Gratitude is one of those values that I think we don’t think of often enough. I, personally, could probably do better with giving thanks for the people, experiences, things, and places in my life that have molded me into the person I am today. From the family and friends who have supported and loved us to the food that we eat to the shelter that we have, there are so many things to be grateful for each and every day. Now, when we express and feel gratitude, what is our response? Are we taking the gifts and things we have for granted or are we channeling that gratitude into generosity and service to and with others?
When we take things for granted, which I tend to do, unfortunately, rather often, we forget that God is a God of great generosity. We forget that God has poured out God’s love through family, friends, and experiences in our lives that enable us to make change and build authentic community. We forget that there are people around the world who live different lives than us and may not have access to the same resources, whether physical or communal/personal. When we take things for granted, we do not acknowledge the scope and depth of our many blessings and gifts.
Rather, when we channel gratitude into generosity, we remember that yes, God is a God of hope, generosity, and abundant love. We recognize that God indeed has given us love through the people around us. We remember that there are people around the world and in our communities who, yes, do not live the same lives that we do, but that does not mean their life is any less important or beautiful. What gratitude does is empower and encourage us to mobilize for change, and to serve the people around us. Whether it is through a simple act of kindness to a stranger or finding time for a friend who has been a gift in your own life, gratitude can be morphed into something that is filled with love and kindness and community.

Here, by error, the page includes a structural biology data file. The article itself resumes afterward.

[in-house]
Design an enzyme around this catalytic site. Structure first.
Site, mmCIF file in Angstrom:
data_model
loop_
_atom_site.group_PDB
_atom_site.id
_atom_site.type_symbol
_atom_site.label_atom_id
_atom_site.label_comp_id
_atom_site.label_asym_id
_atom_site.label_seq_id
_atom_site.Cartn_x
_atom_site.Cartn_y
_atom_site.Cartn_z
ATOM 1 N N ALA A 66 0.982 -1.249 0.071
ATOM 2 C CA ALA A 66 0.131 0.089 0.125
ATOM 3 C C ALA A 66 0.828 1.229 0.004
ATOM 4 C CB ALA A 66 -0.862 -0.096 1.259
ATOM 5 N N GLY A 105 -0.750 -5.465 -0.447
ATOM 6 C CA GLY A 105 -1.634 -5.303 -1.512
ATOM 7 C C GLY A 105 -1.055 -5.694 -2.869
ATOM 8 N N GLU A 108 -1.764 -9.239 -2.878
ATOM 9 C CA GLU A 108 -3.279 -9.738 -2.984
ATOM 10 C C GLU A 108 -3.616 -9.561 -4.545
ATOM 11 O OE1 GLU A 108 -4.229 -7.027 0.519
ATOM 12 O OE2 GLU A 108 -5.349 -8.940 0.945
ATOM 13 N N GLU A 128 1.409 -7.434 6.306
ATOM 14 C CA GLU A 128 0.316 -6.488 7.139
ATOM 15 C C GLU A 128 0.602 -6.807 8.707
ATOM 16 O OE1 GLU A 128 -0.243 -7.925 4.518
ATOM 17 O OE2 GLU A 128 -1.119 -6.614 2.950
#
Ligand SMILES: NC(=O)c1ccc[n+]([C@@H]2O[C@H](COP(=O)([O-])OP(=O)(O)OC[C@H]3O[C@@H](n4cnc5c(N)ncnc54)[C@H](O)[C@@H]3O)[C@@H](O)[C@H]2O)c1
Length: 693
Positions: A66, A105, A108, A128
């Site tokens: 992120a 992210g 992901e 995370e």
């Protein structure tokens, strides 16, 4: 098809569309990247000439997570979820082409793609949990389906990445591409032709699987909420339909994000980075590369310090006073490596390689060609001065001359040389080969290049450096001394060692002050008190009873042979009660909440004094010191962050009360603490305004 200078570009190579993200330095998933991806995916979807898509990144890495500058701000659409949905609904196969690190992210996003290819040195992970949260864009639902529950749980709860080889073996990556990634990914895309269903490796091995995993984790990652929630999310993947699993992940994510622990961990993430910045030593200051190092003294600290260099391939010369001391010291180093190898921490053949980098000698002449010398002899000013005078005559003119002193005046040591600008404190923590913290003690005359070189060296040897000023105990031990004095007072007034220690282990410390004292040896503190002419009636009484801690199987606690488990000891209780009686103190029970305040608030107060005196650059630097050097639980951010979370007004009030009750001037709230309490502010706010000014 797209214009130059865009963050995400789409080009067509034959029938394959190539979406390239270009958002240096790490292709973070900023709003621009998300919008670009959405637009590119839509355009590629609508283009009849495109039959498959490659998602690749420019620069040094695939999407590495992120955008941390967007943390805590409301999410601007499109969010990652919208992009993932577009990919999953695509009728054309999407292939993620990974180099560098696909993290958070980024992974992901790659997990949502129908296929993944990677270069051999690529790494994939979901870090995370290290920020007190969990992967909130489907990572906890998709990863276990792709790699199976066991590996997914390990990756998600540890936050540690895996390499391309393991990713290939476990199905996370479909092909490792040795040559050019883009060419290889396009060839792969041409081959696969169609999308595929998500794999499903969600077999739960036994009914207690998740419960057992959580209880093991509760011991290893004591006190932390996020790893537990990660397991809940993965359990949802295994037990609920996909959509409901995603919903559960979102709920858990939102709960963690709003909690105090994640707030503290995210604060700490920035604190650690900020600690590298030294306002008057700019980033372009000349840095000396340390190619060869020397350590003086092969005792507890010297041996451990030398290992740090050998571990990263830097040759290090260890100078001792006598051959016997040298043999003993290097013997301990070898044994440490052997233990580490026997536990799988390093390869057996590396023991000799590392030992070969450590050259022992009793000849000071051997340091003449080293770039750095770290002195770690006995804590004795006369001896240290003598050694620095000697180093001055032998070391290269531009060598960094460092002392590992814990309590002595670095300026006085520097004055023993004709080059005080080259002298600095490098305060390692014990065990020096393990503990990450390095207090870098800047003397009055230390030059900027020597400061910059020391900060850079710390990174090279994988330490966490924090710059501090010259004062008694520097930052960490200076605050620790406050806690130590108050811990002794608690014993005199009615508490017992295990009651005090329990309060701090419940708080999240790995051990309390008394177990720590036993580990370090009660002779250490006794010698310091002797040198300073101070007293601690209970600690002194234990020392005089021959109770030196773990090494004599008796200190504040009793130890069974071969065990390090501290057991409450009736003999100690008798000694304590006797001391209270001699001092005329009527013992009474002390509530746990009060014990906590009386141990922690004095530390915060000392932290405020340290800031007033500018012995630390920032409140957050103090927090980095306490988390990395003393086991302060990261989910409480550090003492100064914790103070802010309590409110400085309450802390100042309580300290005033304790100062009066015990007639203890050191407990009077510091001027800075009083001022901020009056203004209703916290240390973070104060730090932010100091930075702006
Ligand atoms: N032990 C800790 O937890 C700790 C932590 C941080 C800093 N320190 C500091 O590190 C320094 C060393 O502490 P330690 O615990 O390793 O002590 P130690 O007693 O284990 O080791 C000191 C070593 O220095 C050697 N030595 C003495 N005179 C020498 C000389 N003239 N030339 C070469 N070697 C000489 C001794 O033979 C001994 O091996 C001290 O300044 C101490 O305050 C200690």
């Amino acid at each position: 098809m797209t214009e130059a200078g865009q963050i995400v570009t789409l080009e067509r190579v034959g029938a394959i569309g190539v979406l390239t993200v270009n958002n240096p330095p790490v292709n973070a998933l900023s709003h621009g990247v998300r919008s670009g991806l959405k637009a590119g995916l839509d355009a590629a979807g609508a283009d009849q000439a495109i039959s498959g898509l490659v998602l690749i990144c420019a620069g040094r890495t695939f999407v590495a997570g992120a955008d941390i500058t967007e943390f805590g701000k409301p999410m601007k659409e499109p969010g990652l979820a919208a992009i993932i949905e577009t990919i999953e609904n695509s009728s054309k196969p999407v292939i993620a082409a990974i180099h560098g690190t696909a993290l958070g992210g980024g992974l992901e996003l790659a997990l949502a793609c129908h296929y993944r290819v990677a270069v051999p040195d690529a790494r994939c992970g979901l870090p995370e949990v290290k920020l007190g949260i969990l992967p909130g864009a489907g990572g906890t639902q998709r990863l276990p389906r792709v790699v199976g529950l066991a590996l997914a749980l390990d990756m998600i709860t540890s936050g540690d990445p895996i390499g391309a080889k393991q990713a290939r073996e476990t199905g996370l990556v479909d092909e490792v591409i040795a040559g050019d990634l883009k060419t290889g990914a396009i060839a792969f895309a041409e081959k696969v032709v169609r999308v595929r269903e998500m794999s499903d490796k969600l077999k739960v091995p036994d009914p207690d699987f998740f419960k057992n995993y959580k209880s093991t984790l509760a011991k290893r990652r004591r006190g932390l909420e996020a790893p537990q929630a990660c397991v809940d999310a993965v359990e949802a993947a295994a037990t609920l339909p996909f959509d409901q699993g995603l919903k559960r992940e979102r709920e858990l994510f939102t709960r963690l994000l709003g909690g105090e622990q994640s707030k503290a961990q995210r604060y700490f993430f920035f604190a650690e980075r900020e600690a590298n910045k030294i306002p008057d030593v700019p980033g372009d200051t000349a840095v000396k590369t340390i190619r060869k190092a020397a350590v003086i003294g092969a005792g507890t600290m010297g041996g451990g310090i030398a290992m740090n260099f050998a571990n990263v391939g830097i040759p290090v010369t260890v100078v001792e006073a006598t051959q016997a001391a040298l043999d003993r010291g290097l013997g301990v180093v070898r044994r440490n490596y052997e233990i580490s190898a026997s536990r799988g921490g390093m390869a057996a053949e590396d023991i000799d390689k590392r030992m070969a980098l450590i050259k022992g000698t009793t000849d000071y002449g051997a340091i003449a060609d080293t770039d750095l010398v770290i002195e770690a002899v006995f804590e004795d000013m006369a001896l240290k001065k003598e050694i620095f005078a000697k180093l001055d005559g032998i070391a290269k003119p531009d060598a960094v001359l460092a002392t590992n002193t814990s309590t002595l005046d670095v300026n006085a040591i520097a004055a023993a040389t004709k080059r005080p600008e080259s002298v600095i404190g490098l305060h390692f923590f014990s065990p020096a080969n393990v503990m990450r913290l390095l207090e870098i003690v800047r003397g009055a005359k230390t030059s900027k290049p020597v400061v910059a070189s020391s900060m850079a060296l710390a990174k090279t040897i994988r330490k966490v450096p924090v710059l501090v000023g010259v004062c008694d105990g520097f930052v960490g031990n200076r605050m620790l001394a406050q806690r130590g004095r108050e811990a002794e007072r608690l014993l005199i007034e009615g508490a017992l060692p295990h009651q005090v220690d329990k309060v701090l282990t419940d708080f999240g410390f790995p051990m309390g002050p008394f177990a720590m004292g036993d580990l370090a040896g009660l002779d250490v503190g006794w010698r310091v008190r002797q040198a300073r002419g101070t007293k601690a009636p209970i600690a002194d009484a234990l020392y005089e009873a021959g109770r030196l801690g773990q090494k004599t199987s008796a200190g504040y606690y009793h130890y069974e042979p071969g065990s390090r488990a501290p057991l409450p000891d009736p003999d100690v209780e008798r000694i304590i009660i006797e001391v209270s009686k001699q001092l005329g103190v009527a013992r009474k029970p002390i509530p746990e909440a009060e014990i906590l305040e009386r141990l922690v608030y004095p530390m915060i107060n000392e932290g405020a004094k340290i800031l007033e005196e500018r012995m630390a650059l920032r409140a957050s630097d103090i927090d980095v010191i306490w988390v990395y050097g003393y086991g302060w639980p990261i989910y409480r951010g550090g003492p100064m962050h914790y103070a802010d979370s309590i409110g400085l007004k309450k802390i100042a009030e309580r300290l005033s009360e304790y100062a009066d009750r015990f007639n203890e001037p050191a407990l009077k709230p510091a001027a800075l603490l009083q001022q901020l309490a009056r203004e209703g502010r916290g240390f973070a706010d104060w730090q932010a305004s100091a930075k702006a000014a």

When we channel our gratitude and thankfulness into service and into generosity, we not only recognize how we have been gifted, but also make it possible that people around us can feel that same love and joy that a grateful heart and mind feels.
May the words of St. Ignatius of Loyola empower us to use our gratitude in the service of others.
Lord Jesus, teach me to be generous;
teach me to serve you as you deserve,
to give and not to count the cost,
to fight and not to heed the wounds,
to toil and not to seek for rest,
to labor and not to seek reward,
except that of knowing that I do your will.